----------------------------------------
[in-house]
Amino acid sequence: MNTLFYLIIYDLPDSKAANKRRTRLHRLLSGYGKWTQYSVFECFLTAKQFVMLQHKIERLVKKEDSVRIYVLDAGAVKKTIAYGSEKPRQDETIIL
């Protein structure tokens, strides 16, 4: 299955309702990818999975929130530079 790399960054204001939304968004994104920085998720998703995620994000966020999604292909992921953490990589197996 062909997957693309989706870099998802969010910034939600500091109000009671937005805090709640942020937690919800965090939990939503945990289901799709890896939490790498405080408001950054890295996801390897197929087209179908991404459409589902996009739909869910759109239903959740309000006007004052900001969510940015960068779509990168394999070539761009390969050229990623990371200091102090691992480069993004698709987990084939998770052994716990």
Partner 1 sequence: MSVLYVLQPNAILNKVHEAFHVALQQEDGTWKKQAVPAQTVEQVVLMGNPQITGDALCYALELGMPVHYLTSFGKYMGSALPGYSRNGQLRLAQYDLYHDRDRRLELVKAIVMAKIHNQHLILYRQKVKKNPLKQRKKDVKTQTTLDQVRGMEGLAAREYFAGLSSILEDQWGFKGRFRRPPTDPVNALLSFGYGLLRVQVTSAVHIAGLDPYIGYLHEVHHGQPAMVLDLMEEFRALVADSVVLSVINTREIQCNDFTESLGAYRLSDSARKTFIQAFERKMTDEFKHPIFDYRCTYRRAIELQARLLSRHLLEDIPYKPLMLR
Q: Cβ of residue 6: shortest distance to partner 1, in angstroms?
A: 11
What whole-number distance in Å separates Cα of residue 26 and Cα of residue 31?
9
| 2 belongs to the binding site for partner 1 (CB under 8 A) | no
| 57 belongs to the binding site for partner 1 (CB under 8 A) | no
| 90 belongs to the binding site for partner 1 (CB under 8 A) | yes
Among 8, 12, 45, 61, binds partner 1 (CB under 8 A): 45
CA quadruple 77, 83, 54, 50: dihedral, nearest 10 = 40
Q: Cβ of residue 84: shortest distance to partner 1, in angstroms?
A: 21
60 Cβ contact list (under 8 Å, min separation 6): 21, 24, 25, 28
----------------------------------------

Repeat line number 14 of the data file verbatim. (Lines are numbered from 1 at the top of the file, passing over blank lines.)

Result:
Q: Cβ of residue 84: shortest distance to partner 1, in angstroms?